Drama fans these days associate tvN with some of the biggest and best shows of the past few years, including the Reply series, Signal, and the most recent pop culture sensation, Goblin. In between causing huge television stirs, though, the station also produces quite a few dramas (Entourage, Shut Up Flower Boy Band, Twenty Again, Surplus Princess) that while perhaps not receiving runaway ratings, are extremely well produced, cleverly written, and beloved by especially more hardcore drama fans. It seems that the newest release, Introverted Boss, may fall into this category. While it cannot possibly live up to the incredible hype of its predecessor, Goblin, it has the potential to join the ranks of tvN’s second tier gems.

Now, is this to say that the plot is anything novel or outstandingly unique? No, not particularly. In fact, at its core, this drama very much resembles the 2013 drama Flower Boy Next Door (another underrated tvN gem), which revolves around the love story between a reclusive book editor and a bubbly video game creator. Introverted Boss has a fairly predictable plotline that has actually already revealed much of the intrigue in the first few episodes, perhaps jumping the gun and answering viewer’s burning questions just a tad too early. However, even though the intrigue may be slightly lacking, the development of the characters and the compelling nature of the themes will hopefully bring viewers back week after week.

Though the script is interesting in and of itself, the acting is what really brings this drama to life. Yeon Woo-jin is doing a great job of making his introverted character a real person and not just a caricature of a hermit. Though the comedic moments of the drama can get slightly goofy, as is the norm with most dramas, he keeps the character grounded at least somewhat in reality. The highlight of his acting so far comes in the form of the botched presentation scene, in which the viewer can truly see the character’s internal struggle and his own frustration with the limitations his own fear and anxiety place on his life.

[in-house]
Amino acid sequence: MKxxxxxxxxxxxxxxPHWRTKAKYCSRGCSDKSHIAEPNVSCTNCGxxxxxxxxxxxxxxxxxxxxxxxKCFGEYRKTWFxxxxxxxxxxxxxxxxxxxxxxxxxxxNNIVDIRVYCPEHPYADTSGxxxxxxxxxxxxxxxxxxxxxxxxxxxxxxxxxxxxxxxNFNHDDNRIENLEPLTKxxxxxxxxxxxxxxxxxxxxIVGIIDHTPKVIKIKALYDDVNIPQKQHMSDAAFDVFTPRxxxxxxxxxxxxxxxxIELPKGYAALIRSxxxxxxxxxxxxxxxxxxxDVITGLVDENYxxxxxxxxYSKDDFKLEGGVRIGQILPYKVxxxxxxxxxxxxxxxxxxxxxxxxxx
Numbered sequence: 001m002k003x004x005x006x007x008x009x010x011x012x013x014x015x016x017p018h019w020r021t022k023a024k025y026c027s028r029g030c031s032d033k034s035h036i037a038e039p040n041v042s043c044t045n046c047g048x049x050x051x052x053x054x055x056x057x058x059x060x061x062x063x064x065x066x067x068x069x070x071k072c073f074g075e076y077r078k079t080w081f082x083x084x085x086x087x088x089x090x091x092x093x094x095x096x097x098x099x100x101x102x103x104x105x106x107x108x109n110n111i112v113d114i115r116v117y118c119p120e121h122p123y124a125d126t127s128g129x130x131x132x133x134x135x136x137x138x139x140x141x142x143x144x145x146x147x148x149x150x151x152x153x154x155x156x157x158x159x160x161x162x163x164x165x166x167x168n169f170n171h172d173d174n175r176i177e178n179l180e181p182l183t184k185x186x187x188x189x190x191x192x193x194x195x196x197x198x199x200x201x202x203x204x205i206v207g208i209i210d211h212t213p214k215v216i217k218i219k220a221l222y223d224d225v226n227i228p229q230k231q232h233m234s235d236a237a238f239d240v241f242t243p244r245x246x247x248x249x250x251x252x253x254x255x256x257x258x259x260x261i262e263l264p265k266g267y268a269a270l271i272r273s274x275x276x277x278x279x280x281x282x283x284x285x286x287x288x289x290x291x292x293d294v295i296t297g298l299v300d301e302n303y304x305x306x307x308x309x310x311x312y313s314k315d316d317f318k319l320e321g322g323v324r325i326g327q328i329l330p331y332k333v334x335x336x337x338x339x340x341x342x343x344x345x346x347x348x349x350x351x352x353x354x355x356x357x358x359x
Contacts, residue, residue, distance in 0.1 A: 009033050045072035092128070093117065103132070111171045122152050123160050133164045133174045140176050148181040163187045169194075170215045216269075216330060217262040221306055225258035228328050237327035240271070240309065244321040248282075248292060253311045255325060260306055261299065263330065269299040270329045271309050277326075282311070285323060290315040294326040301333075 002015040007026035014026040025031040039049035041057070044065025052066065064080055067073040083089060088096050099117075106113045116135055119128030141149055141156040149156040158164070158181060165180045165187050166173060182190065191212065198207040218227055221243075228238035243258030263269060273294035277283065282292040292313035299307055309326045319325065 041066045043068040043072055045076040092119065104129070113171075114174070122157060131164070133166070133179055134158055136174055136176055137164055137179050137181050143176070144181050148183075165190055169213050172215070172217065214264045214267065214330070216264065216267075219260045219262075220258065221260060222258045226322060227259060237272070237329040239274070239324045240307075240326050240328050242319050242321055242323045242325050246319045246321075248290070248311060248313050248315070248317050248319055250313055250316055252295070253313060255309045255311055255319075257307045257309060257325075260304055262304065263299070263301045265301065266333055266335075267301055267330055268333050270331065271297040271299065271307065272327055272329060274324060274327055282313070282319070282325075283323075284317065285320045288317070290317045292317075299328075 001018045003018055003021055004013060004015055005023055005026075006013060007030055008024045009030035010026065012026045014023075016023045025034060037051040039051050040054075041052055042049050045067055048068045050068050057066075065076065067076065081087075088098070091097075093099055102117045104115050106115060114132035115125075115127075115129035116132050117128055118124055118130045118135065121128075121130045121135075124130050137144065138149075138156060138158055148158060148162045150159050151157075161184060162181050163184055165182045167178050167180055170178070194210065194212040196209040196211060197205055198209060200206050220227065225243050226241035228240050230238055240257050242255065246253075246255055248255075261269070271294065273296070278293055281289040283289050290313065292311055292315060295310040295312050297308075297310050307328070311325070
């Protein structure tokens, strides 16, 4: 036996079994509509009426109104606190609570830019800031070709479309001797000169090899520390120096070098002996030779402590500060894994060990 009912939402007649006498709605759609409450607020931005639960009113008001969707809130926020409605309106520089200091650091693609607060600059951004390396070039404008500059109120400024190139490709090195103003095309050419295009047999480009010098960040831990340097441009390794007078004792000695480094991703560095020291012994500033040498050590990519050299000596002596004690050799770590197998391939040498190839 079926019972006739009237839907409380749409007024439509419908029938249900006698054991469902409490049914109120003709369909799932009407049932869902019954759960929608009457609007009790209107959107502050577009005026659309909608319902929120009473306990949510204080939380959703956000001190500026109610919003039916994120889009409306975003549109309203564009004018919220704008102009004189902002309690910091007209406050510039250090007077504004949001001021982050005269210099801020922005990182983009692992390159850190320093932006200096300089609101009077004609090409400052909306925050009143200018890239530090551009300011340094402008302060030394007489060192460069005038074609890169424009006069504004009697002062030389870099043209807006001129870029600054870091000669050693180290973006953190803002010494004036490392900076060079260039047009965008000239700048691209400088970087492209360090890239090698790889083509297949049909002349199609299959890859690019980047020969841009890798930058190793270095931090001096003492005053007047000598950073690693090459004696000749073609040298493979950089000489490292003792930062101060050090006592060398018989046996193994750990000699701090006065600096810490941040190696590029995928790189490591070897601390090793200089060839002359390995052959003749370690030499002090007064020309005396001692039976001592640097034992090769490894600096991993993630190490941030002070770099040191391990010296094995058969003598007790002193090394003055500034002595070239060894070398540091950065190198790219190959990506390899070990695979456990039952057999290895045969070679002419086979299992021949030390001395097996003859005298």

Park Hye-soo is certainly no slouch herself, either, with her acting as Chae Ro-woon perfectly portraying a once bright and vibrant young woman who is trying to keep hold of herself amidst the throes of grief and rage. Of course, the rest of the experienced ensemble cast are holding their weight as well, though their performances tend more towards the stereotypical. It is particularly satisfying to see Ye Ji-won showcase more of her range and play a much different role than fans have seen from her recently, transforming from Another Oh Hae Young‘s alcoholic lovesick sister into Introverted Boss‘ frazzled but gentle-hearted office mom.

While perhaps the previews may make Introverted Boss seems simply like a comedic love story about a loner CEO and the feisty girl who brings him out of his shell, the themes are much more serious than one might expect, touching on several issues that can still be considered extremely taboo. In fact, the dramas opening scene depicts the suicide of the female lead’s older sister, sparing the viewer none of the bloody details. While this serves as a catalyst for almost all the later action in the drama, it also brings to light an important issue of mental health.

In episode three, another somewhat controversial topic is touched upon with the discussion of transgender issues. Though it be brief, a transgender woman, played by Heo Young-ji, is shown as having a loving and accepting relationship with her father, who is making every effort to support his child in her life decisions. This father character is no angel, though, as he just minutes before slaps Chae Ro-woon across the face for inquiring about his personal life. The fact that this assault was brushed past so easily by all the characters, including the victim herself, was perhaps the biggest letdown of the drama thusfar. The presentation of these serious themes resembles that of the incredibly powerful 2014 drama It’s Okay, That’s Love, though this time explored in a much more shallow way and in a far less serious context.

Despite what seemed to be a promising start, though, the show recently took a week off to reboot, rewrite, and reshoot in response to an extreme ratings drop in the second week of airing. It seems that fans were disappointed with the writing, particularly in regards to the unrealistic nature of the story. While this shows bad signs for domestic ratings and initial reception, the drama shows enough potential to still have a shot at a second wind. This week sees the debut of this new concept, so it will be interesting to see how extensively the direction has been changed. Here’s hoping Introverted Boss can maintain its good points while perhaps improving others and winning back the hearts of audiences.

(Naver Entertainment, Images via tvN)